Tell us a bit about this new Champagne launch—how long have you been working with Mo?t?
I’ve been honored to be Mo?t & Chandon’s brand ambassador since 2012, when I first visited their estate in épernay, France, with my family and friends and saw this underground labyrinth of cellars where the Champagne develops and spent time with Beno?t Gouez, their chef de cave. And of course, we tasted the legendary Champagnes together! But I am very pleased that Mo?t & Chandon has offered to host a celebration—and create this magnum bottle—to mark my 20-year career milestone. It has a real tennis connection and it means a lot to me. I have signed the label, and my signature also figures on the leather wrap, which is modeled after the wrap on my rackets. So yes, I love the strong, elegant design. But let’s also not forget that the wine in the bottle is an amazing Champagne—and that all profits from the sales of the bottles go to the Roger Federer Foundation.
What’s your foundation working on at the moment?
Our goal for 2018 is bringing education to 1 million underprivileged children in Southern Africa and Switzerland. I started the Roger Federer Foundation in 2003 with a focus on helping young children on the African continent, given that my mother is South African. But both my parents taught me at a young age that sharing my success and giving back to those less fortunate was not only an obligation—it was enjoyable. You cannot have success without generosity.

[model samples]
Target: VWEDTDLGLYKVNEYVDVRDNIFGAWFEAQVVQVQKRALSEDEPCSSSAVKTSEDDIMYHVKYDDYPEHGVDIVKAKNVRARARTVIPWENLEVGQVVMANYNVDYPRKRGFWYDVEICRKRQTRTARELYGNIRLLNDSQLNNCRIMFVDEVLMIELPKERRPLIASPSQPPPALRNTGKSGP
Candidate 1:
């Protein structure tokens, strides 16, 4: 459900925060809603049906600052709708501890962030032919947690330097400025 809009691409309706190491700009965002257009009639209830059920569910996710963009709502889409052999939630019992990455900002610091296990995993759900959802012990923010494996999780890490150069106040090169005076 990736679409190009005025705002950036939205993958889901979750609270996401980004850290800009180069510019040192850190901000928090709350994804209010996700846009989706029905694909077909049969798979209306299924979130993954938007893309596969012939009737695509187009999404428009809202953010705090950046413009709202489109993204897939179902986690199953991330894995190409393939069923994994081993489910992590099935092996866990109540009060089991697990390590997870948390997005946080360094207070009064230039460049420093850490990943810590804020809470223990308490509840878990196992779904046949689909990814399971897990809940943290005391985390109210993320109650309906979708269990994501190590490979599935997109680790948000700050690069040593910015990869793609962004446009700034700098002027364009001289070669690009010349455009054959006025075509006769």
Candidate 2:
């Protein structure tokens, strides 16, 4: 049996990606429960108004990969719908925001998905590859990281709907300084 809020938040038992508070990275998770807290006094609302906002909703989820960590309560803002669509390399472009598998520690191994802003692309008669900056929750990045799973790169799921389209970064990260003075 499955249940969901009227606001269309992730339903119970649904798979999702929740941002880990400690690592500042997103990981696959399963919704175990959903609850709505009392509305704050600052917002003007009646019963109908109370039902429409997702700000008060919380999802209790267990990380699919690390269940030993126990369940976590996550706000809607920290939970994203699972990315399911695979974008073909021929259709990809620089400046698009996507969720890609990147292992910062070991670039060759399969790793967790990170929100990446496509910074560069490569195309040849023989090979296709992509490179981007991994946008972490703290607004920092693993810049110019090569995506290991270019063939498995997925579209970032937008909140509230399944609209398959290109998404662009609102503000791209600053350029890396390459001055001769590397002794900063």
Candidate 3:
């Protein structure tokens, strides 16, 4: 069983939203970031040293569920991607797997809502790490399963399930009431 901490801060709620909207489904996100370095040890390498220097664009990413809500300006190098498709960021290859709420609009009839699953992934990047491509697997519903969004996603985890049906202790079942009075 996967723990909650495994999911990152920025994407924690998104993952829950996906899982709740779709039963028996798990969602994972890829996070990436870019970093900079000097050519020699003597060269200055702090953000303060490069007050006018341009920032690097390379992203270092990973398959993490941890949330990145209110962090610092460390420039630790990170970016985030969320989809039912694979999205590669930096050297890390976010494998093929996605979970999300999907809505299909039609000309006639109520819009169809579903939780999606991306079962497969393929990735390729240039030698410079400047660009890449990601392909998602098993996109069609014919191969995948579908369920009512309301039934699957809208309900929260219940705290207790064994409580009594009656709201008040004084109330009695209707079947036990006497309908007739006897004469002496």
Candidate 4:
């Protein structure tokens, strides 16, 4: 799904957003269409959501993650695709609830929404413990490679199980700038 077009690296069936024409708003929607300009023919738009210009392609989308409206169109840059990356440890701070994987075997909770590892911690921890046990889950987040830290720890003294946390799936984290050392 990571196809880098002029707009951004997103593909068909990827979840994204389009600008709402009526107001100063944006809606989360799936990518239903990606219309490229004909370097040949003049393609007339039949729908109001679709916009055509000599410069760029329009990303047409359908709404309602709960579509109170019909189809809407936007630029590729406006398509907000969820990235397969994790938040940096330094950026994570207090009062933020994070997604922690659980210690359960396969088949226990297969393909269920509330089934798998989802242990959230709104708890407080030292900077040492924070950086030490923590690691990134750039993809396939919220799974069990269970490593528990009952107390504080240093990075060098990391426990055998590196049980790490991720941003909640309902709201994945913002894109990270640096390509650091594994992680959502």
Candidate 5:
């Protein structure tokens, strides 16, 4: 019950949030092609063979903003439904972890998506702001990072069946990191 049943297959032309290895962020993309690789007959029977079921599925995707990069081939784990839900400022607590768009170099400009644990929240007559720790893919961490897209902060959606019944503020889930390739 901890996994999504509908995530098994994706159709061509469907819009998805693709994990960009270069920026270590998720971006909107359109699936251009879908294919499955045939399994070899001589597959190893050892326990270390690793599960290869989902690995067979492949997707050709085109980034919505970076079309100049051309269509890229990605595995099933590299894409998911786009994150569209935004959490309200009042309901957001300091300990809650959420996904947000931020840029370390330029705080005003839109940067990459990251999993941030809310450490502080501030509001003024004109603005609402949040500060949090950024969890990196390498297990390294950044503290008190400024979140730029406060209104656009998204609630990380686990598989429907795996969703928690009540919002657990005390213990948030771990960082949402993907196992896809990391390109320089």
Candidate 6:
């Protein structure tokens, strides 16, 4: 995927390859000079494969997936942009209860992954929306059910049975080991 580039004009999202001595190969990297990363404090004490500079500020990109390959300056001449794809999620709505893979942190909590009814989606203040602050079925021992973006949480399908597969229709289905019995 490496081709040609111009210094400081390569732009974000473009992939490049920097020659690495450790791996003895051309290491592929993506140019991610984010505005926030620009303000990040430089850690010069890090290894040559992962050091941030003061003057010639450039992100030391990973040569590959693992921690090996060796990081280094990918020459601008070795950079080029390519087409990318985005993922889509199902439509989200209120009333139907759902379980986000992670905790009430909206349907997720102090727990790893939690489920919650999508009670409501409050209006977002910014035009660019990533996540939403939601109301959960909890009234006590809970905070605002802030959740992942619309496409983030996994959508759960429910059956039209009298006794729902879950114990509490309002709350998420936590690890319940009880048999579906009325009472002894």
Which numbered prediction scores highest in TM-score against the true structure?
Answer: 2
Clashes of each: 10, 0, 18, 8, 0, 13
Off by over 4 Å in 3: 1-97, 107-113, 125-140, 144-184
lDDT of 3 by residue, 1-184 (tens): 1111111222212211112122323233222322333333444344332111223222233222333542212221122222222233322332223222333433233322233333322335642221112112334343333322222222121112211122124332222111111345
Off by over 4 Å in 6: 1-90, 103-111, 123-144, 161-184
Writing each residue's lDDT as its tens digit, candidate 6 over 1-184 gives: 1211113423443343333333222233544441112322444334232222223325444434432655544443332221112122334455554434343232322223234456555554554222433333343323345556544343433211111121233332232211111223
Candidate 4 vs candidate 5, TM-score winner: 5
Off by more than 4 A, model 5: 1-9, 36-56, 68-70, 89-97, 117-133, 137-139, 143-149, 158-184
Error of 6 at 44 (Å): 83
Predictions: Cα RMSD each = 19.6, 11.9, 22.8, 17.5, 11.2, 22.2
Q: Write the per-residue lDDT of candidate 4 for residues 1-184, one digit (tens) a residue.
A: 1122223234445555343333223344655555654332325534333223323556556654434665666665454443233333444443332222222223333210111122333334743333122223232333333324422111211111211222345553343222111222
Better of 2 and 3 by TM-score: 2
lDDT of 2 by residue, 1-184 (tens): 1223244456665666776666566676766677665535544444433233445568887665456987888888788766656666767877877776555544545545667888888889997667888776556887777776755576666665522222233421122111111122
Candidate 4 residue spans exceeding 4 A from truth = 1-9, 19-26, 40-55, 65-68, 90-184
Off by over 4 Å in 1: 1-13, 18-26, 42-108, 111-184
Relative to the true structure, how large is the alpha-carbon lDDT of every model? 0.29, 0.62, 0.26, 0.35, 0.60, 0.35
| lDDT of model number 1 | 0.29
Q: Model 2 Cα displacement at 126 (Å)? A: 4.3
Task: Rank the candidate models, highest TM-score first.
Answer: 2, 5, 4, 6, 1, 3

How’s your game shaping up?
It feels to me like I just started playing and have only been on the tour for five years or so—time flies when you are having fun, I guess, but I have felt this way for 20 years. Of course, in some ways I wish I still had more years on the tour, and that this wasn’t my 20th year. But over the course of my career, I’ve faced many adversities: playing with injuries and while hurt, sick, jet-lagged, or tired—even playing when you have four children can be challenging day to day, especially when you are at the top. But I see these adversities as a great challenge and feel that it is a privilege to be in this position.